It is no surprise that video streaming platforms registered rapid growth during the pandemic. More remarkable is that the global video streaming market — valued at $50bn in 2021 — is expected to grow at an average annual rate of 21.0% every year until 2030.

The top streaming services by subscribers for video and audio content are household names such as Netflix, Amazon Prime, Hulu, Disney+, Apple Music and Spotify. To satisfy the seemingly insatiable demand for content, services must build ever-growing content libraries. 


Amazon spent $11bn on video and music content last year; Netflix spent more than $17bn and Disney says it will spend up to $16bn across its streaming platforms by 2024. The companies are both hungrily buying up the rights to host historic content on their platforms as well as creating their own original content.

The push for new fresh content also requires an array of facilities and locations, with sizable investments in real places. Streaming services require head offices, sales offices, production studios, data centres, filming sets and a growing cadre of at-home workers.  

Greater Los Angeles still dominates this space, with more than 300 certified sound stages, and roughly five million square feet of TV and film production space. That is nearly as much as California’s top five competitors — New York, Georgia, Louisiana, Ontario and British Columbia — combined.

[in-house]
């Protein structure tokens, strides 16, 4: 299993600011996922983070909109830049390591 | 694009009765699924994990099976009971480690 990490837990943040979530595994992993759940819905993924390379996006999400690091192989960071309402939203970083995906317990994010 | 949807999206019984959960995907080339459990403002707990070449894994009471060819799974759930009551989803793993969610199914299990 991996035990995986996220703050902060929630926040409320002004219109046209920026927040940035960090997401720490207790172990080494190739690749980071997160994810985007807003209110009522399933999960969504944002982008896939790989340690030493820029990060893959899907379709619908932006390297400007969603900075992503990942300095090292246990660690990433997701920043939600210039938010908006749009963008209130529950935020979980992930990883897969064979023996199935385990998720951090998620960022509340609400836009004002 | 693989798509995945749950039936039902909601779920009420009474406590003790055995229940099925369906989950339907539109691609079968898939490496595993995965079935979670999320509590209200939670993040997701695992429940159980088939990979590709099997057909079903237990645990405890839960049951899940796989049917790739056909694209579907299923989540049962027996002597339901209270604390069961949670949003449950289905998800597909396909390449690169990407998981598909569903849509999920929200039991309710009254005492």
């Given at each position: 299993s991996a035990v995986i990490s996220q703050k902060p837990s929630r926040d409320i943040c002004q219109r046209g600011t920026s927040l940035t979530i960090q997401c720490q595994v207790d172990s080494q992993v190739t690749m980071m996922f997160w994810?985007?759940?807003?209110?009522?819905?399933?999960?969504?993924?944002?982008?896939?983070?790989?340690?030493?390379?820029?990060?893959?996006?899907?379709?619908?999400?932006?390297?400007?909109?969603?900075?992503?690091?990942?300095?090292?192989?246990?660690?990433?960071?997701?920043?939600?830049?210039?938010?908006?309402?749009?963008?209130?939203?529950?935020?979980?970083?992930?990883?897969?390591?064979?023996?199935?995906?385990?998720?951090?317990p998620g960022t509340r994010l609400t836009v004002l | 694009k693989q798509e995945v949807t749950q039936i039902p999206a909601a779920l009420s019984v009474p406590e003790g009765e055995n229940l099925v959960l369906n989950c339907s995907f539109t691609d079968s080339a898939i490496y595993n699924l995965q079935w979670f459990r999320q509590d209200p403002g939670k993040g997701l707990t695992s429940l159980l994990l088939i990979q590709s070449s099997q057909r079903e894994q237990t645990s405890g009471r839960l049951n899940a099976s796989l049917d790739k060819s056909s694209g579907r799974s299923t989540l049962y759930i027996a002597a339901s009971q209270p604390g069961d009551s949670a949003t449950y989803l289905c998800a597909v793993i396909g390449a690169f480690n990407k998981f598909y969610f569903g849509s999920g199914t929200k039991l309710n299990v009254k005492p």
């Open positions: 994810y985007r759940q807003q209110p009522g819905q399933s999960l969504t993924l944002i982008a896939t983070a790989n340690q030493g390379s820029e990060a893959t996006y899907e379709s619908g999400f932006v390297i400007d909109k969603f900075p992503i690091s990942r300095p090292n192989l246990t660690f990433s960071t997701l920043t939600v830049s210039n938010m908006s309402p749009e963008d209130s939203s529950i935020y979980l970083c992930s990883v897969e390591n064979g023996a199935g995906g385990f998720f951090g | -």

New locations are also emerging to support the burgeoning needs of the streaming platforms. Netflix expanded into New Mexico by acquiring a studio complex near Albuquerque before announcing plans to invest $1.5bn and create 1000 new jobs. Telemundo Enterprises previously selected Miami-Dade County as the location for its $250m global headquarters and Hispanic media hub for Spanish-language production. And in Toronto’s suburbs, the city of Mississauga and the province of Ontario have fast-tracked permitting processes to capture a six-stage, 450,000 square foot facility for new multi-purpose productions.

In an expanding streaming universe, insatiable demand for new audiovisual content presents a fruitful opportunity to the locations that can support it.

Gregg Wassmansdorf is a senior managing director, consulting, at Newmark, a global commercial real estate services firm, and also a member of the Site Selectors Guild. E-mail:

This article was first published in the December 2021/January 2022 edition of fDi Intelligence magazine. Read the online edition here.